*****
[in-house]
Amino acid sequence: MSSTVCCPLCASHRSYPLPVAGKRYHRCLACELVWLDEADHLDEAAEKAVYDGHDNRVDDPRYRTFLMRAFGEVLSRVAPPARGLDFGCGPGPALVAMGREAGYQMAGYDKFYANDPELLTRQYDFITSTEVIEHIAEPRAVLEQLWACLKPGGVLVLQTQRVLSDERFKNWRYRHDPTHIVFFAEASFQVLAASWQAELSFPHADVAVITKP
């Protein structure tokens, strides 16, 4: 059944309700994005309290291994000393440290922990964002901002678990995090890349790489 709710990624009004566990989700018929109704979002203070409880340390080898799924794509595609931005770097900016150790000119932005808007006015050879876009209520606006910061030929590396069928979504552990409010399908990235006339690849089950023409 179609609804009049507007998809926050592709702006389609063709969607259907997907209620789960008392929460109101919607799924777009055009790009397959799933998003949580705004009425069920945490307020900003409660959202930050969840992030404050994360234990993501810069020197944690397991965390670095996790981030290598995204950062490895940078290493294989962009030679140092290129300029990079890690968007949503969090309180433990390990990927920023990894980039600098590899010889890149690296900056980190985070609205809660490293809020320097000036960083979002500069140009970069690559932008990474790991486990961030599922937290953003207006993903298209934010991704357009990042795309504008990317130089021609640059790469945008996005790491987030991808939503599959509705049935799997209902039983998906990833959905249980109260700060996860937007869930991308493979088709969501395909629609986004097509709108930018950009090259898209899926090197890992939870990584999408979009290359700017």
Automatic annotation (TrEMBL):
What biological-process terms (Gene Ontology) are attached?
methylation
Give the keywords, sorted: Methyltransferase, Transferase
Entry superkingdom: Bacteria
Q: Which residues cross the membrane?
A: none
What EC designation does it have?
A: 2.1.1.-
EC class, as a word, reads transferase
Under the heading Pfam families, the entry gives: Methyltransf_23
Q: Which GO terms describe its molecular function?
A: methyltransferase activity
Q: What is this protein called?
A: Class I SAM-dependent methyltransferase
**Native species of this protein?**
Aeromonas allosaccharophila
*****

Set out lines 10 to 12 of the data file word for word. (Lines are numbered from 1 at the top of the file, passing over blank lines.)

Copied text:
A: none
What EC designation does it have?
A: 2.1.1.-